Well, OK. So how elegant that Dante settles the matter. Via his poem. But in doing so, he also points out his own foolishness – how human beings want to know things, so that they can be right. And he gets a tongue-lashing at the end of it for his impulse – to be right. St. Thomas calls him on it (XIII.112).
It’s pride that’s at stake here. How often we make a judgment, and stick to it because it’s more important that we’re right, than what’s actually true. It’s the human ego thing.
So, the key here is why Solomon is in heaven. And I believe the answer has to do with the fact that his wisdom came about through a choice – and it’s actually a wisdom that didn’t come from him, but from God, so is in a sense a borrowed wisdom. Some of us may recall the story of Solomon’s choice (not the one about the baby and the two ladies). About how he offered a bunch of sacrifices to The Lord at Gibeon, and had a dream in which God offered to give him anything he wanted. Door number one: Unbelievable wealth. Door number two: Power to do anything you darn well please. And door number three: wisdom you need to really help your people get along – wisdom that’s fit for a King.
Solomon chose door number three. And it’s that particular kind of wisdom that’s peerless among mortals. The Kingly kind.
Because Dante underlines that it wasn’t just that Solomon chose wisdom; it’s about what kind of wisdom. He could choose to know about things that inquiring minds what to know: how do you square the circle? Who’s right about Prime Motion – is there or isn’t there? C’mon, we want to know, once for all. And get all the fame and fortune for being the knower.
Such hair-splitting wisdom may make the knower feel good, and get you a whole lot of other perks – but what lands Solomon in heaven is the fact that the wisdom he chose was that which was helpful not so much to himself, but to his people. It is a wisdom that came from God (again, another reason for its peerless quality) to be used not for the aggrandizement of the recipient, but the well-being of the governed. Perhaps this is here, because this (good government) was a particular concern of the D-man himself.
The final verses of this Canto brings us around to the heart of the theme here: why do we want to be “wise”? “Knowing”? One word: ego.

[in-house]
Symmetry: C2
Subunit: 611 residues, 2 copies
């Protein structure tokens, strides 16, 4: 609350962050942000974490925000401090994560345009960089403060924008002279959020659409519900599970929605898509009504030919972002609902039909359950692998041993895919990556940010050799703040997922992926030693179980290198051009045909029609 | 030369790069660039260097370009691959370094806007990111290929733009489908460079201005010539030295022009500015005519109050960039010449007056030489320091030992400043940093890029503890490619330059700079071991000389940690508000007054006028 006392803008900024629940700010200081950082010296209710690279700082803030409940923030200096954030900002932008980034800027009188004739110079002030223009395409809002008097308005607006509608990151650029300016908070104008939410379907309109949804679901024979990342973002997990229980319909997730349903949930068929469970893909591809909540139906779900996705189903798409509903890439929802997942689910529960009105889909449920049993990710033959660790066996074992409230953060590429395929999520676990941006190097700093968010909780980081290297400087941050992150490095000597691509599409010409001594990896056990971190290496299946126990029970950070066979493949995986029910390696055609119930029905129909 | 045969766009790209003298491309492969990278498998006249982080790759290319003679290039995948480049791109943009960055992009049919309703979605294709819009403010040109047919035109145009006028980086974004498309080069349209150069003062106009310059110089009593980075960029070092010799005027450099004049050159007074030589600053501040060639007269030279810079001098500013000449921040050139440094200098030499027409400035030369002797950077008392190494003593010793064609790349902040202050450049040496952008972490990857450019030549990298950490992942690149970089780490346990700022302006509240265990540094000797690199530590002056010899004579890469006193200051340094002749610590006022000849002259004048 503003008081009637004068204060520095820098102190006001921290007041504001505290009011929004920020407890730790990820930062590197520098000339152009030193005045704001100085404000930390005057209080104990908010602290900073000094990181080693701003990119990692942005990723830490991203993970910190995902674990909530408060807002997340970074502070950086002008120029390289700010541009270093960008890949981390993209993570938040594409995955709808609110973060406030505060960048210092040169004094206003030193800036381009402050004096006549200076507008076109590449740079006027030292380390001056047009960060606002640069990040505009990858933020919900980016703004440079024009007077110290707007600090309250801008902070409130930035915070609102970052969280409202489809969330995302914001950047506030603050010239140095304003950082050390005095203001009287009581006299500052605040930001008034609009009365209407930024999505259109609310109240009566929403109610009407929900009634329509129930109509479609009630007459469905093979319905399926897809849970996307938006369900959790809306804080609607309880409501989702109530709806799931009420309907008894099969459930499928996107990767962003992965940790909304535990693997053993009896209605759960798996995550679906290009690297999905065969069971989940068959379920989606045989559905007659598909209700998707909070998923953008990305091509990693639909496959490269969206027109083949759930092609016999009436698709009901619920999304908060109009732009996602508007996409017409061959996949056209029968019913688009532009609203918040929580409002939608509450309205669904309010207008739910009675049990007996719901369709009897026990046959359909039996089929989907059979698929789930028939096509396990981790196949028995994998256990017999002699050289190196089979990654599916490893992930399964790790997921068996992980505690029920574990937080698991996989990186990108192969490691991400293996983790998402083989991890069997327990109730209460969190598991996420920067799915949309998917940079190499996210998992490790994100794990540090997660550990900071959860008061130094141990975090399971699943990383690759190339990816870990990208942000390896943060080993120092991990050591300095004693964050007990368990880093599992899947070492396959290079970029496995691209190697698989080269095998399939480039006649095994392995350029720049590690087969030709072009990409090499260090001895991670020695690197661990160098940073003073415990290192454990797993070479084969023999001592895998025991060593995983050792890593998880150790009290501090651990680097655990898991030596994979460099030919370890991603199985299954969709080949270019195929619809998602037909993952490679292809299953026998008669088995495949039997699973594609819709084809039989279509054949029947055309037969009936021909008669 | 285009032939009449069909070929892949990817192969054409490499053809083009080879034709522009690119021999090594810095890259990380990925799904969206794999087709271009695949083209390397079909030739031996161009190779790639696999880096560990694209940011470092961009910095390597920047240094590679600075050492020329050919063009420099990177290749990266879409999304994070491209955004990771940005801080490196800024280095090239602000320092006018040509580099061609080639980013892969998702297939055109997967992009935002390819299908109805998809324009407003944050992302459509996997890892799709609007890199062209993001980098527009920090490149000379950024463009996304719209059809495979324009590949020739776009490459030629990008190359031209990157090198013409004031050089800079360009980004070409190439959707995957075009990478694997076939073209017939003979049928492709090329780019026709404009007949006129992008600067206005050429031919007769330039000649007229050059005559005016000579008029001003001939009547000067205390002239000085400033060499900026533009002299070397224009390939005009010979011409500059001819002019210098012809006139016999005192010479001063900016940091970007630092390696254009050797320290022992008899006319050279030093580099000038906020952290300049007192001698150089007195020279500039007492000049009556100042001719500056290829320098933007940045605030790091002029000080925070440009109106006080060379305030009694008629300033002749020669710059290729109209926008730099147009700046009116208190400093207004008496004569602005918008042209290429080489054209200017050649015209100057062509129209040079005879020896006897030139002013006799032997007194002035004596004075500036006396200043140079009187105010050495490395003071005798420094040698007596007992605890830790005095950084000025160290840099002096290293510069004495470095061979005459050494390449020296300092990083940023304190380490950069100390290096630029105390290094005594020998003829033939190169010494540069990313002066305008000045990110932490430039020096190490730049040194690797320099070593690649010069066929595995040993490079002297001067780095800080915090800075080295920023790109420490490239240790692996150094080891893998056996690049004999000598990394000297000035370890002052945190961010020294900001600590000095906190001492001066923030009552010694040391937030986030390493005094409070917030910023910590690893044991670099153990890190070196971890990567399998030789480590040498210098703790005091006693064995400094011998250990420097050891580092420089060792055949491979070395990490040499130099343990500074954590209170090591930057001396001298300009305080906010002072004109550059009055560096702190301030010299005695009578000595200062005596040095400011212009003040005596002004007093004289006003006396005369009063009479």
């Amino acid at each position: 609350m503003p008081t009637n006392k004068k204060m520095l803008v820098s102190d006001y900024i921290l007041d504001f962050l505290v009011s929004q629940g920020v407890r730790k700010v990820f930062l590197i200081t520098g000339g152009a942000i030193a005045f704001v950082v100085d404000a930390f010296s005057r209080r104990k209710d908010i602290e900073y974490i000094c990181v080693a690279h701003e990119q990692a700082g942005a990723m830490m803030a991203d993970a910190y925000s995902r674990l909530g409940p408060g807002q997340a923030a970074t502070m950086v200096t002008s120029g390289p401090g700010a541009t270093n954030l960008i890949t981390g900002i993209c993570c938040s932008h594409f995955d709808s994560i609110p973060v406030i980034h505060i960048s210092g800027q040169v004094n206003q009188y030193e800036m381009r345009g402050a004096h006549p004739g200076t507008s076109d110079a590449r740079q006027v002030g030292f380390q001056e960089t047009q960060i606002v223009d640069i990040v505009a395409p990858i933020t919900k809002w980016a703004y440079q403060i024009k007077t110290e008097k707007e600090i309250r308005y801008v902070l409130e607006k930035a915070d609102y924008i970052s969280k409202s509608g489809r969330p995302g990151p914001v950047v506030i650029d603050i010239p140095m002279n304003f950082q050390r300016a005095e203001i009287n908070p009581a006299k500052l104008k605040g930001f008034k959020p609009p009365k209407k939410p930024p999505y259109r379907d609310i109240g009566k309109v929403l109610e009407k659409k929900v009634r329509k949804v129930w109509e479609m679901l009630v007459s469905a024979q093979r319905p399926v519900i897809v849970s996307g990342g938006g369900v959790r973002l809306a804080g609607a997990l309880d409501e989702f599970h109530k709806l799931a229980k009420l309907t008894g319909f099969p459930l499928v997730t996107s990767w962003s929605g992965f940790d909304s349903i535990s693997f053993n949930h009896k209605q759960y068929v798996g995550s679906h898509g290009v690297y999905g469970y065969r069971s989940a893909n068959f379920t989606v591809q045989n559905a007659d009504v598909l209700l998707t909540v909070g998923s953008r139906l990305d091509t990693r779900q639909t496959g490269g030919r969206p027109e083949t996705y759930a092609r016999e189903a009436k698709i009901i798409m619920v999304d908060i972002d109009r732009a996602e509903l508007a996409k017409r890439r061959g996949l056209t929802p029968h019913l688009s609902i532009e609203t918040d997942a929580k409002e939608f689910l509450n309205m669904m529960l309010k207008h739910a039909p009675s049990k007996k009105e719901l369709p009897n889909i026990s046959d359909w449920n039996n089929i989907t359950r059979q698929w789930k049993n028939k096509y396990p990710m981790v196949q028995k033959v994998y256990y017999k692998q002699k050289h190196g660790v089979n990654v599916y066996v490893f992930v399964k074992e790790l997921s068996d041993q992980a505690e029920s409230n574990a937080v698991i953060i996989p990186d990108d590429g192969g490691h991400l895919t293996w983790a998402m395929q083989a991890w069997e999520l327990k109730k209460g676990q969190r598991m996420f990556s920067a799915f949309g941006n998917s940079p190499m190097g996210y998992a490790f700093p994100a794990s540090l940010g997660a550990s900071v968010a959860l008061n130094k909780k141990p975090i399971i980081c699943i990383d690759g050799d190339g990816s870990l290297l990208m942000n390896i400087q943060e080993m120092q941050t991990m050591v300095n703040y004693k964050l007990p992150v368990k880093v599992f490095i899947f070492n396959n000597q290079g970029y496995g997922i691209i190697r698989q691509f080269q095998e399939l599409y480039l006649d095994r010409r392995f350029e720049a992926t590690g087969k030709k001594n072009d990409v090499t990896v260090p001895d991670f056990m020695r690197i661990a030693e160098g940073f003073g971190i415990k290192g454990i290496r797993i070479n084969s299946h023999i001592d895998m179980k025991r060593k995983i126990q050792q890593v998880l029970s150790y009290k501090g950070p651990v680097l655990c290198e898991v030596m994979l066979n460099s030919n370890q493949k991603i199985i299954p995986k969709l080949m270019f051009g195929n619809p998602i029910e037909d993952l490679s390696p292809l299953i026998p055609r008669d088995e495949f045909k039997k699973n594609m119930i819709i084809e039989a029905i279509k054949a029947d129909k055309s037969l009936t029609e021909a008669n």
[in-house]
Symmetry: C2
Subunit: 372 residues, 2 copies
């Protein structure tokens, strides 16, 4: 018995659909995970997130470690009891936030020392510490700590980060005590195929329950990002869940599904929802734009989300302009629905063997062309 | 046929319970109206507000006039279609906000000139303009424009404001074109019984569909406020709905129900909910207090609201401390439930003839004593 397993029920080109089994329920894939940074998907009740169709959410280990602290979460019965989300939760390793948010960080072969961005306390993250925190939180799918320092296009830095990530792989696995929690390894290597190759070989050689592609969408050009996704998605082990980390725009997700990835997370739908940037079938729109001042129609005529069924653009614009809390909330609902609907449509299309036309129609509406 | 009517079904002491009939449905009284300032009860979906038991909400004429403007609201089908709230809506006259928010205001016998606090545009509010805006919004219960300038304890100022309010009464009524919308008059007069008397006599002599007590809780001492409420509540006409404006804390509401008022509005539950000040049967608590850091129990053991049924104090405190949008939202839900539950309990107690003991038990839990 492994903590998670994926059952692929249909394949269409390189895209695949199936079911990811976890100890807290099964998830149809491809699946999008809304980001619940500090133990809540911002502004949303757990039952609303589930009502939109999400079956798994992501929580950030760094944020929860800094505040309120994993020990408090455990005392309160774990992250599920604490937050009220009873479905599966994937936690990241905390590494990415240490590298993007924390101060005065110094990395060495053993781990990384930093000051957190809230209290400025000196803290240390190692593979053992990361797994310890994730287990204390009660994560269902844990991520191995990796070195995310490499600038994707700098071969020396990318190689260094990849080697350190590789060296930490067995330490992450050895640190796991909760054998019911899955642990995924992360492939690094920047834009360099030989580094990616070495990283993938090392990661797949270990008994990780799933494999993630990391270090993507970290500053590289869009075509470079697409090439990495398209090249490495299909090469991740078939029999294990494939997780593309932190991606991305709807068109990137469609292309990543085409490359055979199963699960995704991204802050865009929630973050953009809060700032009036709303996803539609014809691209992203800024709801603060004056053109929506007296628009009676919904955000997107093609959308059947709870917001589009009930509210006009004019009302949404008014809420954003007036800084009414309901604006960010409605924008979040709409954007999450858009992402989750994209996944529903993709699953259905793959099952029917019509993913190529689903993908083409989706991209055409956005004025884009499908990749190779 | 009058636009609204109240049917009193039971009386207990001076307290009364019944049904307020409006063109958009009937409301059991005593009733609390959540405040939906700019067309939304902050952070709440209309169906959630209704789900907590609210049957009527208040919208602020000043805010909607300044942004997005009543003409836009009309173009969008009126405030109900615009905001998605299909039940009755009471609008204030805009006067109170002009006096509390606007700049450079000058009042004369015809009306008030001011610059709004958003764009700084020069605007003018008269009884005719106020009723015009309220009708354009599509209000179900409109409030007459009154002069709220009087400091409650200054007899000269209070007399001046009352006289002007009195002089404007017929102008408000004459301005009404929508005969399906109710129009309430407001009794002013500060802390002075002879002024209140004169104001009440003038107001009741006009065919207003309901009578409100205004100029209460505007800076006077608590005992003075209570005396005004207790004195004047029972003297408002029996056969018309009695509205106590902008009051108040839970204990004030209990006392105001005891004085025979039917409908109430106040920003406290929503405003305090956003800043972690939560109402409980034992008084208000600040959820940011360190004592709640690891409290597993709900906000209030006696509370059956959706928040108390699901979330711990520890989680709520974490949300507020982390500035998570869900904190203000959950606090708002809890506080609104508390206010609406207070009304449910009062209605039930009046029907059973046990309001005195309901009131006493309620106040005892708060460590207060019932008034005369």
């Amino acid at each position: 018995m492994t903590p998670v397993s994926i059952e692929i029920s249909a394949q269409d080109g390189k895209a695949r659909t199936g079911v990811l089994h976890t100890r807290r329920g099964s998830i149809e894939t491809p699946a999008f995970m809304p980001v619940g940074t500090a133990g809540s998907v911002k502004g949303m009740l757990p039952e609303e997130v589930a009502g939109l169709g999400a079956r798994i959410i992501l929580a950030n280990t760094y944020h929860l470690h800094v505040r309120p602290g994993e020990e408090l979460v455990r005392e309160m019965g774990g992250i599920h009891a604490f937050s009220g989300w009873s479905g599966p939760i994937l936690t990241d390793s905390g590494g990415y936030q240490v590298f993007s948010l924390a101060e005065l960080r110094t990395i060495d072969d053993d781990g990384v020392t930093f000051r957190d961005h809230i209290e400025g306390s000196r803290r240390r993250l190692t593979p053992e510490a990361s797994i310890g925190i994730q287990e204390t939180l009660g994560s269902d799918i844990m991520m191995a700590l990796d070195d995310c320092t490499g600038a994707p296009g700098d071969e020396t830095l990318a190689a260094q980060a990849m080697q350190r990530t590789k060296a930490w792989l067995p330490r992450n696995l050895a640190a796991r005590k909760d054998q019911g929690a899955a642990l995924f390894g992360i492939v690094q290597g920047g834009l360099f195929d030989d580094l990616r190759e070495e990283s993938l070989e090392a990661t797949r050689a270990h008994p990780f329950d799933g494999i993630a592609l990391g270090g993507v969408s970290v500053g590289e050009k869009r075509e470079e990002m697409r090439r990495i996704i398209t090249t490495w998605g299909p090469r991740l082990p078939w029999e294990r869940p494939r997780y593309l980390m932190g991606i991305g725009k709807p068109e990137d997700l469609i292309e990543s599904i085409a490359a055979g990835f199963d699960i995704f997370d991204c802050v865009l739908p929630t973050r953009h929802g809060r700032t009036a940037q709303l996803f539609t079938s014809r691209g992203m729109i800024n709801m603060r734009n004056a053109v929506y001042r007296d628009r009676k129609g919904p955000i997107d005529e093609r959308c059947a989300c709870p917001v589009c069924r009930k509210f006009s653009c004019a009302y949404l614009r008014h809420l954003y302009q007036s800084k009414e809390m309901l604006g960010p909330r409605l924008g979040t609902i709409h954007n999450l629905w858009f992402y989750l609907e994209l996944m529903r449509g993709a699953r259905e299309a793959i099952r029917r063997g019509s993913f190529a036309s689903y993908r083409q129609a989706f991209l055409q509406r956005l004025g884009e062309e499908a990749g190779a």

People make judgments because they want to be right. Not only that, but we think we are right. We think we can see things as we are. This brings us back full circle to the beginning of the Canto: listen, people: I learned in heaven that you can’t see things as they really are. We have to make do with “hints and guesses” (ala T.S.); we have this crude paint-by-numbers set called language with which to fill in an approximate picture.
But we act like we can see it right. I can see the thing itself. I can see what’s right. Because I’m me.
People not only judge, but judge too quickly, under the illusion that we see things exactly as they are:
Opinions too soon formed often deflect
man’s thinking from the truth into gross error
in which his pride then binds his intellect. (XIII.118-120)
I once attended a Buddhist retreat in which the lesson (which was rather profound and subtle) really boiled down to what you can put on a bumper sticker: don’t believe what you think. We would do so well if we realized our judgements about the world are just that – our own personal human filter with which to process the world, a set of useful projections and guesses, not the world itself. Just realizing that is a huge bit of wisdom in itself.
So – don’t judge “lest you be judged.” And moreover, don’t judge to quickly. The thief may be a saint, and the non-profit exec may be a pervert. We can’t know. But inasmuch as we need to make judgments, we should rely on that kind of wisdom that comes to us, not from us: the kind that was given to Solomon. The kind that helps other people – the light of reason and wisdom that comes ultimately from God.